At the beginning of July I wrote about the ABC Reads challenge that I heard about on my friend Mia’s blog.  I’ve always wanted to take on a challenge like this, so I thought this year would be the best year to do it. And since that last update, I’ve read one book that can count toward the challenge.

An update on reading through the alphabet, with a book review of Chronicles of a Death Foretold by Gabriel Garcia Marquez. //

C // Chronicles of a Death Foretold, by Gabriel Garcia Marquez [Completed September 2016]

A murder–and the events and people surrounding it–is recounted in this short novel.

This is the second book by Marquez that I have read and, just like the first, it’s another short one. I mentioned in my review of Memories of My Melancholy Whores that Marquez has always been a little daunting for me to think about reading. I attempted One Hundred Years of Solitude a couple of times over the years and was never able to get into that book, but since I visited Colombia this year, I decided it was time to read some books by Marquez. I guess the idea of reading a longer book is still somewhat daunting, because as soon as I saw nother smaller book I grabbed it.

It’ll be interesting to move on and read something a bit longer from him, because both of these smaller books have been so easy to read in one sitting. This one didn’t grab my attention as much as Memories did and I thought that if something else had diverted my attention I could have put it down and walked away from it for awhile. I tried to walk away from Memories because I was packing for my trip at the same time, but I kept picking it up. 🙂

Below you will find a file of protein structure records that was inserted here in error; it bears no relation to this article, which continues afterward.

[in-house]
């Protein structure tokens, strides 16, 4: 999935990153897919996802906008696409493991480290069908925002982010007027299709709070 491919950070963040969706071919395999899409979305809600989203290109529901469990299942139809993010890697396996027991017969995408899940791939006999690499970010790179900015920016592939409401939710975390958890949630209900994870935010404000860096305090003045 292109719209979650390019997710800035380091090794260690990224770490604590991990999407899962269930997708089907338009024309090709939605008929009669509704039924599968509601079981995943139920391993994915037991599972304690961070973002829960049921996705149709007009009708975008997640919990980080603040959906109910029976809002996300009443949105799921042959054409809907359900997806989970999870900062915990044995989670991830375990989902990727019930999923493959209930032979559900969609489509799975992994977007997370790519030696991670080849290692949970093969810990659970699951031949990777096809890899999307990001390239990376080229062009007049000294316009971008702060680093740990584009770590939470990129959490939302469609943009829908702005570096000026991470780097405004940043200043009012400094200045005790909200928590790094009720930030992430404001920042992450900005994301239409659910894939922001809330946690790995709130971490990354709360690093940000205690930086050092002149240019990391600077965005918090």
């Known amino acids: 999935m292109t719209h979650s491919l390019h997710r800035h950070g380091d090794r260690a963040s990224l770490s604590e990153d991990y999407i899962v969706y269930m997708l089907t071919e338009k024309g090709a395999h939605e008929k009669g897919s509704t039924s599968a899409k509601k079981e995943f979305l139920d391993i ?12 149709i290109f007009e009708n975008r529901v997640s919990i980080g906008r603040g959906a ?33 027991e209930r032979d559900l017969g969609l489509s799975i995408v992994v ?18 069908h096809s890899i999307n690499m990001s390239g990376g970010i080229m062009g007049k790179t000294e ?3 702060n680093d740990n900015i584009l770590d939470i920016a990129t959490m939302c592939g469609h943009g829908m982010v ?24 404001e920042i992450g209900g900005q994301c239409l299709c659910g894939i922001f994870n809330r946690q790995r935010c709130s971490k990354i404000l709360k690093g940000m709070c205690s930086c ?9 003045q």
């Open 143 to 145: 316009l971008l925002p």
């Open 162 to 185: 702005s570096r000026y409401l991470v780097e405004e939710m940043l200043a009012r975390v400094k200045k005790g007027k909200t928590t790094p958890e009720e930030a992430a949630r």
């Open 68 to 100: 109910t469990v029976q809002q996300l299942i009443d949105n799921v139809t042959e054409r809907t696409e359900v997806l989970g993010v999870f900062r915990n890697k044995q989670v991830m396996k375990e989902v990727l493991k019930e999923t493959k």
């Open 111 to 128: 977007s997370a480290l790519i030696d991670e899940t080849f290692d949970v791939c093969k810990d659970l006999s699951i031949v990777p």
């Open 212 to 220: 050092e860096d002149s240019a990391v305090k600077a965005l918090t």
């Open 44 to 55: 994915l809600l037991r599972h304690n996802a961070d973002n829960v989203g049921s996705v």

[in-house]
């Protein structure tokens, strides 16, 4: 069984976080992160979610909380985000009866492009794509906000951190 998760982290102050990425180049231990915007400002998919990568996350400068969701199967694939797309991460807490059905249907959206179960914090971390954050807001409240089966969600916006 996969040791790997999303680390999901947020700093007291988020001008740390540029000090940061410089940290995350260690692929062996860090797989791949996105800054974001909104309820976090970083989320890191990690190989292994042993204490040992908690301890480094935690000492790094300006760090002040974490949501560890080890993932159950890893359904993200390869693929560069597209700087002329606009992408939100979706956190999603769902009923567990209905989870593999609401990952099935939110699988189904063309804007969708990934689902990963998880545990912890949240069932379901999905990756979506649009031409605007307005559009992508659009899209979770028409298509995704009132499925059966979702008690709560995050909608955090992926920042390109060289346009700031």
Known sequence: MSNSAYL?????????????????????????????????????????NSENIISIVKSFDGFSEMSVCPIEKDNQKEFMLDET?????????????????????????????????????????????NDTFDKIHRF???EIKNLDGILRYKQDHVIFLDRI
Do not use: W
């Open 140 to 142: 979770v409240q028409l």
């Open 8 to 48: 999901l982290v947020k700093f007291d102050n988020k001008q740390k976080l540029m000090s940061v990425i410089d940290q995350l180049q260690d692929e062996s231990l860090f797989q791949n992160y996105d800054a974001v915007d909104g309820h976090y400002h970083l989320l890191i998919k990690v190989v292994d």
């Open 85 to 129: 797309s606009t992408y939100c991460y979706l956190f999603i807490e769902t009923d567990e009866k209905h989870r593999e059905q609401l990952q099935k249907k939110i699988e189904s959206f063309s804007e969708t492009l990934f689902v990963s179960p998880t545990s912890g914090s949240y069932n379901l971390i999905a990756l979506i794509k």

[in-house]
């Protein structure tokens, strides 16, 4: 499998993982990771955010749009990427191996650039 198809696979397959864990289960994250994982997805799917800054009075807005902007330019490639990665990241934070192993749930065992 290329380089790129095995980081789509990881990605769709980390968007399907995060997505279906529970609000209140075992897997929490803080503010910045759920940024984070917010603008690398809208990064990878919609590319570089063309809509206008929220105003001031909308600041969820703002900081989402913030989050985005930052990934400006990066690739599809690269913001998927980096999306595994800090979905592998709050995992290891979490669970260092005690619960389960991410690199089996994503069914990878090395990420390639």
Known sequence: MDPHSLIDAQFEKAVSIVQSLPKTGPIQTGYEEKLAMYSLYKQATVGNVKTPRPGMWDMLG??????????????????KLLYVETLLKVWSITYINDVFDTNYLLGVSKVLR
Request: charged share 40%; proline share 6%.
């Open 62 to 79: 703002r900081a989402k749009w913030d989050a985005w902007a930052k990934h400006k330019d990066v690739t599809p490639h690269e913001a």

Don’t let that scare you away, though! I really liked this book. I really enjoyed getting to know the different characters–even though I didn’t particularly care for all of them at all times. One thing that caught my attention was how my opinion of certain characters changed throughout the book. Each chapter focused on a different character and their perspective of the events and as I read the story I realized that my opinion of some of the characters changed based on their perspective of events.

While reading this novel I felt like I was reading a report. While I enjoyed this style of storytelling because it allowed the reader to get different perspectives, I think this is why the book was harder to get into it because that “report” style kept me at a distance. I still thought that style of narrative was perfect for this story,

I highly recommend this book, especially if like me, you’re easing your way into the world of Gabriel Garcia Marquez.

Check out some of the other books I read in 2016 that count toward the challenge:

A // All Stories Are Love Stories, by Elizabeth Percer  [Completed March 2016]

B // Breaking Pointe, by Lani Woodland [Completed June 2016]

D // (A) Drop of Night, by Stefan Bachman [Completed June 2016]

E // (The) Ex, by Alafair Burke  [Completed February 2016]

G // Girl Through Glass, by Sari Wilson  [Completed February 2016]

H // Half-Resurrection Blues, by Daniel José Older  [Completed April 2016]

I // Illuminae, by Amy Kaufman and Jay Kristoff  [Completed January 2016]

K // Keep You Close, by Lucie Whitehouse  [Completed June 2016]

L // Lagoon, by Nnedi Okorafor [Completed June 2016]

M // Memories of My Melancholy Whores [Completed May 2016]

O // (The) Opposite of Everyone, by Joshilyn Jackson  [Completed February 2016]

P // (The) Past, by Tessa Hadley  [Completed January 2016]

R // Rise of the DEO, by Maria Giudice and Christopher Ireland [Completed March 2016]

S // (The) Sister’s of Versailles, by Sally Christie  [Completed March 2016]

T // Thief of Lies, by Brenda Drake [Completed June 2016]

W // Where We Fall, by Rochelle b. Weinstein  [Completed April 2016]

And here are the letters that I still need to get to in order to complete the challenge: F, J, N, Q, U, V, X, Y, Z